SNN: Launch event 11 July 2020

The Status Now Network held a webinar event on Saturday 11th July 2020, 4pm to 6pm, to launch the national Status Now Network and the #statusnow4all campaign. There is a recording of the event below, and also videos that were shown at the event

At the end of March the Network called on the British Prime Minister and Irish Taoiseach to grant leave to remain, Status Now, to all undocumented, destitute and migrant people in the legal process in both the UK and Ireland, to ensure their and others’ safety during the Covid-19 pandemic. The open letter to the heads of states has received over 65 organisational signatories, the online petition has gained over 3,700 signatories and counting, and an EDM #658 (early day motion) calling for Leave to Remain has been put down in the UK Parliament.

This launch celebrated the newly-formed Status Now Network with cultural events, and included discussions from people with lived experience of being undocumented, MPs and some of our signatories, conversation and sharing of ideas.

Here are the recordings of the event:

The programme was as follows:

The launch was Chaired by Nazek Ramadan of Migrant Voice.

Claudia Webbe who is the Labour Party Member of Parliament for Leicester East opened our Launch. She has sponsored Early Day Motion – EDM #658 which stands with our letter as a call for all undocumented people to be given Leave to Remain.

Chris Stephens is Scottish National Party Member of Parliament for Glasgow South West. He supports the EDM, and we welcome him to speak for a few minutes about this. Chris sent a video which arrived too late to be shown, however please take time to watch it here:

Aneez Esmail is Professor of General Practice: University of Manchester, and works as a GP in Manchester. He is busy right now and so pre-recorded his contribution to this launch.

We have a number of people amongst us who have experience of being undocumented, and who gave a short piece of their testimony. Some were comfortable about making themselves known, and others were not, and so some used their own name, and others were known by another name: Vitalis, Rose, Ana and Shaista.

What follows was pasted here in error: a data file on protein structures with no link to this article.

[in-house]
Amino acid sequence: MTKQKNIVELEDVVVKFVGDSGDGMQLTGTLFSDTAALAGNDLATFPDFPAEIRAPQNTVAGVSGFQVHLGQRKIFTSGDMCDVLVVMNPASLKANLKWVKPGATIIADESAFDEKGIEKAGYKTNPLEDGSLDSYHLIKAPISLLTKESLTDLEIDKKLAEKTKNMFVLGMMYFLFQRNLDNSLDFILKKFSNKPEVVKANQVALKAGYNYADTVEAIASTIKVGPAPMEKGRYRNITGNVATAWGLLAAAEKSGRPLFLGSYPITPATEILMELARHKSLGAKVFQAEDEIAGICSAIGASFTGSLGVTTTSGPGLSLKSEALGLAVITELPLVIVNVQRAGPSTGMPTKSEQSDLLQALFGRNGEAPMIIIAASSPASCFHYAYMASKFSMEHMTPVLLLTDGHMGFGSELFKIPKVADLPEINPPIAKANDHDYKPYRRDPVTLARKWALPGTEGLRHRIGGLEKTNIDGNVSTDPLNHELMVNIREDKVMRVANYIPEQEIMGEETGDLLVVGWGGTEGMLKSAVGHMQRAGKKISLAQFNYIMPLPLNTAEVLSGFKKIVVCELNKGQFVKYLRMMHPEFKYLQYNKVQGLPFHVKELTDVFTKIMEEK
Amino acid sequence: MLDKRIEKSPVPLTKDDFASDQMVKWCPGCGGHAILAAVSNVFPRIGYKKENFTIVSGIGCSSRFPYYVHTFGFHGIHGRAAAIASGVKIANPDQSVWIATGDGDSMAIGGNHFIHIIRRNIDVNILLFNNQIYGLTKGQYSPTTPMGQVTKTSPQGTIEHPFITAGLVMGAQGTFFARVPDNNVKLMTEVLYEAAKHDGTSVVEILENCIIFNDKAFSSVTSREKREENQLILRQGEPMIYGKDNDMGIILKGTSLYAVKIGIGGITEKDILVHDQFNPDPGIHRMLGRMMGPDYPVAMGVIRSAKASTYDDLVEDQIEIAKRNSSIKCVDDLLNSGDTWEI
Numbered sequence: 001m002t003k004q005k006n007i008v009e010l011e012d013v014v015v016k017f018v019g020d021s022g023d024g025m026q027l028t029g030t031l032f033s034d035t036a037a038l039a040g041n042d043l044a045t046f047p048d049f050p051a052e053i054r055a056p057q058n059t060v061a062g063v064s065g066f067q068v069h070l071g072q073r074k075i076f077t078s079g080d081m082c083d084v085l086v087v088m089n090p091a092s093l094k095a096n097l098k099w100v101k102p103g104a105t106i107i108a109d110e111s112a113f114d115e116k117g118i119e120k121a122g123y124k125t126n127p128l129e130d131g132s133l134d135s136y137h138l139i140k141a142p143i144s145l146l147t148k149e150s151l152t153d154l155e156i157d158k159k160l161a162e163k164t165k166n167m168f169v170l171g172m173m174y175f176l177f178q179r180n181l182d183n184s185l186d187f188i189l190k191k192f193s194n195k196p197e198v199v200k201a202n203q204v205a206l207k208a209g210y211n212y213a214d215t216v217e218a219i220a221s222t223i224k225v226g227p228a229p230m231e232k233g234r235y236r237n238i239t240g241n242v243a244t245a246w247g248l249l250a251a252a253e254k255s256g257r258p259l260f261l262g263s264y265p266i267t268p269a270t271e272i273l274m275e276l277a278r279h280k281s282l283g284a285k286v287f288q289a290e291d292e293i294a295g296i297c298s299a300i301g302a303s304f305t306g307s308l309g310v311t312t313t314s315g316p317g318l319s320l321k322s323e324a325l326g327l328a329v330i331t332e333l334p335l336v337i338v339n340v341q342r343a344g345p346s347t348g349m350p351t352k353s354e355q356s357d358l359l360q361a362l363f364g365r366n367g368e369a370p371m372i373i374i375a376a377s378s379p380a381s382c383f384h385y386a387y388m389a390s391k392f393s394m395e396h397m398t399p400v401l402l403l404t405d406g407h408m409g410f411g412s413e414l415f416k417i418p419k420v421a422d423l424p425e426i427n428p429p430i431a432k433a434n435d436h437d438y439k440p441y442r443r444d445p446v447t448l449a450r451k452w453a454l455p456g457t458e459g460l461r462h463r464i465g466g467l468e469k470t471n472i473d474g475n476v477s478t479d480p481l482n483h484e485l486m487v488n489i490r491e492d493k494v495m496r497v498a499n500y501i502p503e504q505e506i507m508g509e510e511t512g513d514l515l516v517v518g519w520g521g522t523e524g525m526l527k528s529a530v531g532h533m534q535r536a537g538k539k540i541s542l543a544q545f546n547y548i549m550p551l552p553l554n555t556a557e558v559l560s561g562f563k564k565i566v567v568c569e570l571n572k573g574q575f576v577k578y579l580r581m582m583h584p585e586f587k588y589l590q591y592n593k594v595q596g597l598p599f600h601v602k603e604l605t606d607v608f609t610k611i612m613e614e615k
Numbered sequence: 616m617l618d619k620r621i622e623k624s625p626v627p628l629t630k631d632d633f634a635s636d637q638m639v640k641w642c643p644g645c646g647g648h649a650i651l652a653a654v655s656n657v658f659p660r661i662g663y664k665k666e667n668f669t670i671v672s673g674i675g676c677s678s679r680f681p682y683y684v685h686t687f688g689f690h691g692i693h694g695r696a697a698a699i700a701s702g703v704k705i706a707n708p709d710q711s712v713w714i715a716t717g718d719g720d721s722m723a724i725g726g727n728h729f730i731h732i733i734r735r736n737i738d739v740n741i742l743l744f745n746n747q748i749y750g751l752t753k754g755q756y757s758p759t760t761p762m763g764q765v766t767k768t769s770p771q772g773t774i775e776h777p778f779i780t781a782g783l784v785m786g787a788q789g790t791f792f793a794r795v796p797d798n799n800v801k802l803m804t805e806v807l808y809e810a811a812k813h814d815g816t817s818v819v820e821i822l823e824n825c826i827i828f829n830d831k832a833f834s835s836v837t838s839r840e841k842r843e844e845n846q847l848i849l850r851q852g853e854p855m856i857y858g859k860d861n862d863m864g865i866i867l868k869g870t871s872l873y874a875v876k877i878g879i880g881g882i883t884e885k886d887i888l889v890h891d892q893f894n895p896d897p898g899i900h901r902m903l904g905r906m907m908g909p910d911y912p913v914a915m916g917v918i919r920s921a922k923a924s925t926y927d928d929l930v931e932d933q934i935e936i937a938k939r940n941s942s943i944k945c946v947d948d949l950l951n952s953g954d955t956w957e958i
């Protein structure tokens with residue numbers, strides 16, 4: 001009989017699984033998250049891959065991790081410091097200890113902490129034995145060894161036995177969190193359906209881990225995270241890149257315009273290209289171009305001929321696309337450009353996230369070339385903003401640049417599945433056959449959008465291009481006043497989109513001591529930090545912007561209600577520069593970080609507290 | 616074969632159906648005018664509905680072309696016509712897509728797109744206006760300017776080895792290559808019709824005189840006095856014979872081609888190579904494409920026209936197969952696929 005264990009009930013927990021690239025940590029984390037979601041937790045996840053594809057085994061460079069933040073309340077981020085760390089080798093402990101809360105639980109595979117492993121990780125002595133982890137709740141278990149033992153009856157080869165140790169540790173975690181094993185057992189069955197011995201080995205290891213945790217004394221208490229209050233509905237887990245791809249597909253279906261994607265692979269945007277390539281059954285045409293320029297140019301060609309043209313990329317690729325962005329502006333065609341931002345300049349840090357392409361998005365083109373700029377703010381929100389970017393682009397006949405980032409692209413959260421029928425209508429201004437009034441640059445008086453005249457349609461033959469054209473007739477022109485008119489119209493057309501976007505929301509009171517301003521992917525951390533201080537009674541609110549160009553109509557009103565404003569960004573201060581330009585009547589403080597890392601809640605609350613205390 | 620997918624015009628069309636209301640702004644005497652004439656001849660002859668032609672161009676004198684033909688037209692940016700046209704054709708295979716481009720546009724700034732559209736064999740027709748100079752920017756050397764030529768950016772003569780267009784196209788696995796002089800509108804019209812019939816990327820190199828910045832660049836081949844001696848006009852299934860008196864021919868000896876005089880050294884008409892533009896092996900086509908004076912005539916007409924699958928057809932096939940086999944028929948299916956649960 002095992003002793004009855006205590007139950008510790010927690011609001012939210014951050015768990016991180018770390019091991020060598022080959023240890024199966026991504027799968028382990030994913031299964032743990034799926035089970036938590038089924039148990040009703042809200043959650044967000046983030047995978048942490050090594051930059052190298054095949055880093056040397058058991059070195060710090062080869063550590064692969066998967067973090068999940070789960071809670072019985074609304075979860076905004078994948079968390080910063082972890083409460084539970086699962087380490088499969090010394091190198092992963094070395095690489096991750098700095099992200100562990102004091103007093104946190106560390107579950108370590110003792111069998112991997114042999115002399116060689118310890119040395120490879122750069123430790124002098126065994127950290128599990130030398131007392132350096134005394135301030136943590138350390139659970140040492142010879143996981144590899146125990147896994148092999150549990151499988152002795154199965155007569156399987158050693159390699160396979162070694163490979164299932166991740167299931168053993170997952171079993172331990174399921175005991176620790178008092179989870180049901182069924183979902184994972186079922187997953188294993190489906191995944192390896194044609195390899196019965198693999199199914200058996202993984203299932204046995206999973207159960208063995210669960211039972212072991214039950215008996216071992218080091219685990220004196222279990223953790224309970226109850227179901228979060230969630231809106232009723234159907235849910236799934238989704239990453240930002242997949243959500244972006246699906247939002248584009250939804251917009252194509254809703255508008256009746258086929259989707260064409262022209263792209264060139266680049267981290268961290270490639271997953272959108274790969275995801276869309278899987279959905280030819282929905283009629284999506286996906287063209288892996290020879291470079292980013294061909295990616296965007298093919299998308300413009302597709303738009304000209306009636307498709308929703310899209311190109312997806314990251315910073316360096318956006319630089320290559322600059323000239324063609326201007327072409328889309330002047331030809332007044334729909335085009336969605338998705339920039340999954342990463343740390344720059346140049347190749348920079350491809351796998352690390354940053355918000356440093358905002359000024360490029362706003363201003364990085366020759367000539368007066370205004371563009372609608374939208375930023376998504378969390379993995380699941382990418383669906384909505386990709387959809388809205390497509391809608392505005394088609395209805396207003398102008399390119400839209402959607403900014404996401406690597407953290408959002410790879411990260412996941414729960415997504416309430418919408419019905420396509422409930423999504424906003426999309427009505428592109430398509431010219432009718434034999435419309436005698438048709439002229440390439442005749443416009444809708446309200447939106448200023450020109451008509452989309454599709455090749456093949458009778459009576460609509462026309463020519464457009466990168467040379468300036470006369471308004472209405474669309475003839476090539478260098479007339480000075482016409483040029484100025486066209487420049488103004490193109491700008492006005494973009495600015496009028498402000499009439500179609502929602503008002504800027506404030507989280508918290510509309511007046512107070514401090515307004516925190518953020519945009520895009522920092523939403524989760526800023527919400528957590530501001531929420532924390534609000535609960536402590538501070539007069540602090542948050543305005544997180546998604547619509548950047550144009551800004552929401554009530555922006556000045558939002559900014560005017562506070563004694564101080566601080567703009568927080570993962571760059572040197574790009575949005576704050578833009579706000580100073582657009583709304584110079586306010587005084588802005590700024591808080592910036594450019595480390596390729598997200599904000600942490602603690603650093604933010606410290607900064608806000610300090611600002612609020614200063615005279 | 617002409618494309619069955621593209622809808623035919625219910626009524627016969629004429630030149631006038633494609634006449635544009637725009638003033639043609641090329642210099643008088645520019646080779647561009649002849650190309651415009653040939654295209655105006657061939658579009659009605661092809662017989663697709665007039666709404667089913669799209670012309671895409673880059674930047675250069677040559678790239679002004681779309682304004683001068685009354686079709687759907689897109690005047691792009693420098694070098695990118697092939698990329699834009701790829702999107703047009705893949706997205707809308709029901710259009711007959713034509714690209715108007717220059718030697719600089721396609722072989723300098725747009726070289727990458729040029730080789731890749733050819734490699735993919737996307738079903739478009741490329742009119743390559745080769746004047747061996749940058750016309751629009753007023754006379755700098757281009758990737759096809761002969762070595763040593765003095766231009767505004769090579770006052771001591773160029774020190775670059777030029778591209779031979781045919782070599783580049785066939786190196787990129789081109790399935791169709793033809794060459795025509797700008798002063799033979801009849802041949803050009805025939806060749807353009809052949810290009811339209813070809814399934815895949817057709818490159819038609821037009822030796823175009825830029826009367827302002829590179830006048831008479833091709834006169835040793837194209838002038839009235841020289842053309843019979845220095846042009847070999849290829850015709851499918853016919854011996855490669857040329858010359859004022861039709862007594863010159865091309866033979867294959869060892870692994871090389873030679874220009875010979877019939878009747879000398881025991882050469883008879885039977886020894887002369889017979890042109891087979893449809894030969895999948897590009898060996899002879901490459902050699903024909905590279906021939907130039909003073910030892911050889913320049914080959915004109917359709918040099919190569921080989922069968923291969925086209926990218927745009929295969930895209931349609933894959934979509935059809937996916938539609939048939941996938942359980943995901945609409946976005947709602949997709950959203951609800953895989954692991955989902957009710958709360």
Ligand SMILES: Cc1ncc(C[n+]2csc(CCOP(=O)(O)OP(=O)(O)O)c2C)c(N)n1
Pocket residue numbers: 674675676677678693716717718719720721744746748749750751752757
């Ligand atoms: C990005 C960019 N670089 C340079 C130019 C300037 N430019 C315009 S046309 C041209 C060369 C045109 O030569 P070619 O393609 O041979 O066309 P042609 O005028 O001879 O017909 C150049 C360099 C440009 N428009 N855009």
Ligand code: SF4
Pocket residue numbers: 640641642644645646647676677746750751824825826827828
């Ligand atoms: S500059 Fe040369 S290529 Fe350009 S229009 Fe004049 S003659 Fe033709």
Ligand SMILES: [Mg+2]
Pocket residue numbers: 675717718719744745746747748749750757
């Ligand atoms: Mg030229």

Here is our first artistic contribution, from our friend Blesilda Closa. She is a Filipino chanter:

The Status Now letter was sent out on 27 March 2020, so what has the Status Now team done so far? Loraine Mponela explained the journey so far. Loraine is the chairperson of CARAG – Coventry Asylum and Refugee Action Group which is an organization run by and for people seeking asylum, refugees and migrants, and a founder member of the Reference Group driving the campaign.

#StatusNow4All by Loraine Mponela

I will start by quoting Dr Martin Luther King who said: “Freedom…must be fought for, protected, and handed on for [our children] to do the same.” –  Because of our prior knowledge and experience of what it’s like trying to live in the UK without status we knew, as soon as the COVID19 lock down was announced in mid March, that people without Status were going to be, immediately, at a very significant disadvantage for lots of reasons including:

• Having barely enough money to eat, never mind make ourselves or keep ourselves healthy and therefore less likely to become sick

• Being without a home or living in very overcrowded accommodation and therefore not being able to self-isolate if one of us gets sick, or protect ourselves if someone else where we live with gets sick

• Not being able to access a doctor or a hospital in case we get reported because of our status and then detained or deported

• Working a job that’s under the radar and therefore doesn’t offer any protection whatsoever in terms of a wage or being furloughed during lockdown, or basic health and safety.

Knowing this, the only way that we could see for us to protect ourselves, each other, and everyone around us was to offer a way for the State to communicate with us – undocumented people and our networks of allies – directly.  We put out the call for Status Now, we wrote ( )  the Prime Minister of the UK and of the Republic of Ireland because we understood that we too are an essential part of creating a public health response to COVID-19 that actually does everything necessary to both stop people becoming infected with the virus and stop people from passing it on. 

On March 27th of this year we sent the Open Letter and petition ( ) a combination of people without status and our allies. Prior to this time,  we have always been in the shadows, never really talked about or acknowledged as existing in this society, living lives in the shadows without any real rights and open to being exploited and oppressed because of not having those rights. 

When we created this call for Status Now we understood that we have to be visible in a way that makes it possible for us to be a part of the creating the future solution: How this land is going to move forward in ways that make it possible for every member of its population to be healthy and safe and able to look after each other?

In future, we want this network to develop with direct and increasing participation, shaping and decision making by people with lived experience of what it’s like to live in the UK without status, alongside people with that status.  We want this network to continue to grow, sustainably, describing and explaining why it is in the interests of everyone who is currently living in the UK for those of us without status to have equal access to healthcare, housing and food.